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      ASL and susceptibility-weighted imaging contribution to the management of acute ischaemic stroke

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          Abstract

          Abstract

          Magnetic resonance imaging (MRI) plays a central role in the early diagnosis of cerebral vascular events. Today, MRI is used not only for the detection of acute ischaemic lesions, but also to fine tune the diagnosis and improve patient selection for early therapeutic decision-making. In this perspective, new tools such as arterial spin labelling (ASL) and susceptibility-weighted imaging (SWI) sequences have been developed. These MRI sequences enable noninvasive assessment of brain damage, providing important diagnostic and prognostic information: evaluation of cerebral parenchymal perfusion; detection and aetiological assessment of thrombi; ruling out differential diagnoses. After a brief recall of the fundamental basis of these sequences, this article proposes an update on their current contribution to the early management of stroke victims.

          Teaching Points

          These noninvasive sequences provide essential information for early management of acute stroke.

          They can detect zones of parenchymal hypoperfusion.

          Susceptibility-weighted sequences provide information on thrombus localisation and composition.

          ASL can identify certain aetiologies of stroke mimics.

          Post-therapeutic ASL perfusion status predicts outcome.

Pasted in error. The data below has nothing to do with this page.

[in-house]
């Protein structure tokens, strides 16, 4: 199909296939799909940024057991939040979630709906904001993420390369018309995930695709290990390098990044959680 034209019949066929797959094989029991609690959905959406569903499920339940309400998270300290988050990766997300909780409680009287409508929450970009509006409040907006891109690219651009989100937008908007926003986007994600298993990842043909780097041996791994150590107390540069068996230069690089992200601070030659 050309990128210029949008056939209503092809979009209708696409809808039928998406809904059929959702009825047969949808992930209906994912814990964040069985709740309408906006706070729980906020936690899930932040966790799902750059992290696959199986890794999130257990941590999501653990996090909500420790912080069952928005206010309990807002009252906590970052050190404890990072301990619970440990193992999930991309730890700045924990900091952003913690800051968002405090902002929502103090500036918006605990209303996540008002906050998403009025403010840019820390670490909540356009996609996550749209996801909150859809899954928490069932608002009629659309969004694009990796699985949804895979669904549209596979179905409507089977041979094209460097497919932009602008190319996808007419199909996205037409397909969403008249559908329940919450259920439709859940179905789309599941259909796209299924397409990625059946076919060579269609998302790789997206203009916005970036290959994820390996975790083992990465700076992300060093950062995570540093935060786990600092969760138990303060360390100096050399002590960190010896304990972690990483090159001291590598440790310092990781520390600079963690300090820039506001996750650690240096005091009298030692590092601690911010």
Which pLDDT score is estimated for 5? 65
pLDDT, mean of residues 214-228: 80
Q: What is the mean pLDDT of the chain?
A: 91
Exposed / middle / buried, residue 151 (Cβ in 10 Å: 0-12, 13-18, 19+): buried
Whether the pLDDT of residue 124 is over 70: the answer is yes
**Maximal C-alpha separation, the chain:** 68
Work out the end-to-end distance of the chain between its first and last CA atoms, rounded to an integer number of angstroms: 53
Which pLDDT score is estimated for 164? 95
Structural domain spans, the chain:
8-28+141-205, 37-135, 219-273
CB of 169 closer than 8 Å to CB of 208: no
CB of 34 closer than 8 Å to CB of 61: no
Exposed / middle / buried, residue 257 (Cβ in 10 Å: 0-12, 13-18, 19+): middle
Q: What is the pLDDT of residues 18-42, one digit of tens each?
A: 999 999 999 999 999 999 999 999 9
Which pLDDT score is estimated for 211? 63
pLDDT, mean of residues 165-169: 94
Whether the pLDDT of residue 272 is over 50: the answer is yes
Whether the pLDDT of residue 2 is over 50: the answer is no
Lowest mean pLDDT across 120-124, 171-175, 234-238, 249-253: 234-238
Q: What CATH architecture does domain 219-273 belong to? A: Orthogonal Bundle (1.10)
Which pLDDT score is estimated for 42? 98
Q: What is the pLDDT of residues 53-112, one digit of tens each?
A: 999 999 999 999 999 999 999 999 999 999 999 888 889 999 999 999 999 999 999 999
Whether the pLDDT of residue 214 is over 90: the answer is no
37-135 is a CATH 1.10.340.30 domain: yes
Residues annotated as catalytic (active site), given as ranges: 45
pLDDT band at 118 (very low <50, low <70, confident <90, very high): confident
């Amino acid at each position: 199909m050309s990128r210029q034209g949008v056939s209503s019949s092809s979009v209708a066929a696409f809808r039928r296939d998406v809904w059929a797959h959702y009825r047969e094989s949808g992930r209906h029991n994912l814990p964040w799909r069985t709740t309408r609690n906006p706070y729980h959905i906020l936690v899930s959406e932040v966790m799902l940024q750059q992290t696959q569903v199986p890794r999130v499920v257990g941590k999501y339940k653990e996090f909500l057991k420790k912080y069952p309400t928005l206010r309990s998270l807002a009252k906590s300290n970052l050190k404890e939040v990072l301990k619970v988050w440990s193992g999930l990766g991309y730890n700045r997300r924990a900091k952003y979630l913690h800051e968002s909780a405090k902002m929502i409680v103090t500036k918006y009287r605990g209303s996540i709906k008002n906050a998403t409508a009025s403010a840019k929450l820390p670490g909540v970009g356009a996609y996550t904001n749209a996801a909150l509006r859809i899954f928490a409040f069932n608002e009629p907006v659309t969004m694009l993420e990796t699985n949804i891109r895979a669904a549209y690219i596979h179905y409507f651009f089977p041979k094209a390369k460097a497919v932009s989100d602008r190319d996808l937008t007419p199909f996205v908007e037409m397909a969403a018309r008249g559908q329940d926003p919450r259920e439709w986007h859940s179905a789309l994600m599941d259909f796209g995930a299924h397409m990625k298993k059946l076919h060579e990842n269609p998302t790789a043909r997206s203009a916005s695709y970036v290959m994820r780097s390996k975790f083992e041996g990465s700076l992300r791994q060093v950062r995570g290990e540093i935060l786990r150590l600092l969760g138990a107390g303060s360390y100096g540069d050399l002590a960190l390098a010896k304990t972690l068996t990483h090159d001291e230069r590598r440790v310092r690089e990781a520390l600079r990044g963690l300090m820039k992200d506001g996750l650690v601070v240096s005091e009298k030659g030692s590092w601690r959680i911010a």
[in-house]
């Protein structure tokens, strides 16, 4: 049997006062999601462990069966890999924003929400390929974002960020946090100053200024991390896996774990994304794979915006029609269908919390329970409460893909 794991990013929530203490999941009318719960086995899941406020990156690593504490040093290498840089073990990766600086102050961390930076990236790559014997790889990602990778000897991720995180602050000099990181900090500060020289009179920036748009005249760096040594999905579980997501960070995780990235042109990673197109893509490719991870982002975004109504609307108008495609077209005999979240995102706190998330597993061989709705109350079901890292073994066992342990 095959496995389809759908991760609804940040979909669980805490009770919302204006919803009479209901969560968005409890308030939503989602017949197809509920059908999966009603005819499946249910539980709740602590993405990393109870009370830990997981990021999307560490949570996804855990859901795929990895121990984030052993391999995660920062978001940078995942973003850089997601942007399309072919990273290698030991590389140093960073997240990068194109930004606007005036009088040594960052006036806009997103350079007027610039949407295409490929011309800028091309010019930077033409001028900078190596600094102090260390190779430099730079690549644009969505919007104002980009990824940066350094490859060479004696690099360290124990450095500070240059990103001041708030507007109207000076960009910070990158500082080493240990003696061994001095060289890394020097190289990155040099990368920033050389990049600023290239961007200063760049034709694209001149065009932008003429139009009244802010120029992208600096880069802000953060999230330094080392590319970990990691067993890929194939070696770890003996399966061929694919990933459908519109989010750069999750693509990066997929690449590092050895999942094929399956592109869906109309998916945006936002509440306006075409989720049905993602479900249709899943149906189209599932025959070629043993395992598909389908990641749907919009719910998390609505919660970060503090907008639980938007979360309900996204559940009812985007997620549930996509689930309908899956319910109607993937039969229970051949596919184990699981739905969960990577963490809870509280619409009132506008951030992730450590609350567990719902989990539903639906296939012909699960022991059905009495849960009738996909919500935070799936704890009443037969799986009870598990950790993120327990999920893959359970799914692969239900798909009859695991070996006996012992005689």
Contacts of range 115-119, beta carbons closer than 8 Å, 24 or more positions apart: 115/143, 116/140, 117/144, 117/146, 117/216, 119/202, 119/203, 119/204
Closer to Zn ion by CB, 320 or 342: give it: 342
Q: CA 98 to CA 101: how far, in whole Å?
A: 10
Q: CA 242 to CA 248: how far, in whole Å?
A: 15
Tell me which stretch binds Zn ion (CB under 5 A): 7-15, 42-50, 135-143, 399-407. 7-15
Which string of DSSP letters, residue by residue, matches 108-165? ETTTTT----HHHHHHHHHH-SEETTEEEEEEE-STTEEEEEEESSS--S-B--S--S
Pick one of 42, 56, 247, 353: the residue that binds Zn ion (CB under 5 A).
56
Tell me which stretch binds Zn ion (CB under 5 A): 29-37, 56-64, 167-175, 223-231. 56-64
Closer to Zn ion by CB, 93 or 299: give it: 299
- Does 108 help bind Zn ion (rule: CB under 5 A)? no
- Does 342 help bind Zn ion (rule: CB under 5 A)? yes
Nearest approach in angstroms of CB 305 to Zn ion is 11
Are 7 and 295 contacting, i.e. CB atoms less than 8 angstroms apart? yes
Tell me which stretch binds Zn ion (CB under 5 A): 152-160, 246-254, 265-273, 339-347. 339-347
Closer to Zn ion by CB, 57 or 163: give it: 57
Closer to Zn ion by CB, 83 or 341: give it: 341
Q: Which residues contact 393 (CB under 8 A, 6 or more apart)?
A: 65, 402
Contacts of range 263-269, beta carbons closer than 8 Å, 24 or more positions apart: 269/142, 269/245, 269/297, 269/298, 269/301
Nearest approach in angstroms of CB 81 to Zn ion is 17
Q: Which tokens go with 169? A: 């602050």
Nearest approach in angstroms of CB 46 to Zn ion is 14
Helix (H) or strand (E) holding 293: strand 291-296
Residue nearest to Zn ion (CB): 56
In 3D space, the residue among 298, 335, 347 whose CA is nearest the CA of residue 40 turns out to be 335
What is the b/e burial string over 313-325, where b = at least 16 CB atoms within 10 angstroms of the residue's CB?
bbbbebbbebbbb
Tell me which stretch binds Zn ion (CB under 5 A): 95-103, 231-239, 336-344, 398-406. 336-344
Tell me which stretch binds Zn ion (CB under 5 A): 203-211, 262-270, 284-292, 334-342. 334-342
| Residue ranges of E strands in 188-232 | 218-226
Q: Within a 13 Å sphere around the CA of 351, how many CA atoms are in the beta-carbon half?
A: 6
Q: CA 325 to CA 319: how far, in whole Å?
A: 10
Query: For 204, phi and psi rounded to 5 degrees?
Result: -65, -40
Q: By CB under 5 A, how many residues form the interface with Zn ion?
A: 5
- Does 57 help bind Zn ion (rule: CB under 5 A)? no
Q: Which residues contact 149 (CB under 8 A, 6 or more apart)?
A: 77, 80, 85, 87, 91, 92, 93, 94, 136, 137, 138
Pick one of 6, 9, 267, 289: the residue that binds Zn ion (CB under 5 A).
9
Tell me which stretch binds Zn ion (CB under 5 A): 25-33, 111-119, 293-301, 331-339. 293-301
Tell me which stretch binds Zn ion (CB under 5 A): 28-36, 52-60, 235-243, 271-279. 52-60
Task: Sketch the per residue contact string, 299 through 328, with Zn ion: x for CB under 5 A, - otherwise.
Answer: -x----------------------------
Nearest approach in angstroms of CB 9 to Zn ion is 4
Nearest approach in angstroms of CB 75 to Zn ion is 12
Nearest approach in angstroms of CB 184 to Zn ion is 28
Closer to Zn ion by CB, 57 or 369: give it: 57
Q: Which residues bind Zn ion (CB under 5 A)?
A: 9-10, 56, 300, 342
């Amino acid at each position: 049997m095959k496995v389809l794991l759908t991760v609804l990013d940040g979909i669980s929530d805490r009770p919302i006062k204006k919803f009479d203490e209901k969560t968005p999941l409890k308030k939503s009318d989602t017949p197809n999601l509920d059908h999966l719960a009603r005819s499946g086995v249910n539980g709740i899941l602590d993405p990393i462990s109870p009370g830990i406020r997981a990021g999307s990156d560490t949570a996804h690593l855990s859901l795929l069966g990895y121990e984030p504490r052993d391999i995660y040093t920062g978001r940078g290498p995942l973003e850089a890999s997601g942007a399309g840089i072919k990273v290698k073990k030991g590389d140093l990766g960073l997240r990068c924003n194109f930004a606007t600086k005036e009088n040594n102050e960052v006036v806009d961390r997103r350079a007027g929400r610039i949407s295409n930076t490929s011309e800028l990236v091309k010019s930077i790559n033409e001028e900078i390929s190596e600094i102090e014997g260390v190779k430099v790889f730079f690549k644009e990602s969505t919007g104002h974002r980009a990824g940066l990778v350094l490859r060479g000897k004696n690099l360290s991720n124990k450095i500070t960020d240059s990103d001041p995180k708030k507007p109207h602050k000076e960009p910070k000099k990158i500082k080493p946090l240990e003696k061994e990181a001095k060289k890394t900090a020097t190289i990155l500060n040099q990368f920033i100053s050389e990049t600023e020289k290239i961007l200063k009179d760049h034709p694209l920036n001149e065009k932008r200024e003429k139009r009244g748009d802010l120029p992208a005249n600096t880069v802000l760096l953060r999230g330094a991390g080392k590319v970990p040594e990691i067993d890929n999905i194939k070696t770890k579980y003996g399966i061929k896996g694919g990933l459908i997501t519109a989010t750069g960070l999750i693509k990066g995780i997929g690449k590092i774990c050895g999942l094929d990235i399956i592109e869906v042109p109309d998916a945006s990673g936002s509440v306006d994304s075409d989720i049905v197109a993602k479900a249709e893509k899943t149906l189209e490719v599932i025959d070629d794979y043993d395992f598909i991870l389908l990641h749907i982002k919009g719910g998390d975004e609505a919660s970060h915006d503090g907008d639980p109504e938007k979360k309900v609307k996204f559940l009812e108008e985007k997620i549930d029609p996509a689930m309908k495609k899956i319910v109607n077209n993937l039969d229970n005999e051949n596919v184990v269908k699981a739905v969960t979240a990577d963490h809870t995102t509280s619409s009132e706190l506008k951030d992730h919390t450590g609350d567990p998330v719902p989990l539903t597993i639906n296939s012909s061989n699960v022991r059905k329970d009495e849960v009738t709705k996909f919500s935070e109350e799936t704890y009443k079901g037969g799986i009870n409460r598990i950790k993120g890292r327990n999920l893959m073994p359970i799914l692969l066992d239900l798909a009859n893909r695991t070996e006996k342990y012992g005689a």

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          Most cited references54

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          MR imaging detection of cerebral microbleeds: effect of susceptibility-weighted imaging, section thickness, and field strength.

          The emergence of cerebral microbleeds (CMB) as common MR imaging findings raises the question of how MR imaging parameters influence CMB detection. To evaluate the effects of modified gradient recalled-echo (GRE) MR imaging methods, we performed an analysis of sequence, section thickness, and field strength on CMB imaging properties and detection in subjects with cerebral amyloid angiopathy (CAA), a condition associated with microhemorrhage. Multiple MR images were obtained from subjects with probable CAA, with varying sequences (GRE versus susceptibility-weighted imaging [SWI]), section thicknesses (1.2-1.5 versus 5 mm), and magnetic field strengths (1.5T versus 3T). Individual CMB were manually identified and analyzed for contrast index (lesion intensity normalized to normal-appearing white matter signal intensity) and diameter. CMB counts were compared between 1.5T thick-section GRE and thin-section SWI for 3 subjects who underwent both protocols in the same scanning session. With other parameters constant, use of SWI, thinner sections, and a higher field strength yielded medium-to-large gains in CMB contrast index (CI; Cohen d 0.71-1.87). SWI was also associated with small increases in CMB diameter (Cohen d <0.3). Conventional thick-section GRE identified only 33% of CMB (103 of 310) seen on thin-section SWI. Lesions prospectively identified on GRE had significantly greater CI and diameter measured on the GRE image than those not prospectively identified. The examined alternatives to conventional GRE MR imaging yield substantially improved CMB contrast and sensitivity for detection. Future studies based on these techniques will most likely yield even higher prevalence estimates for CMB.
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            Susceptibility-weighted imaging is more reliable than T2*-weighted gradient-recalled echo MRI for detecting microbleeds.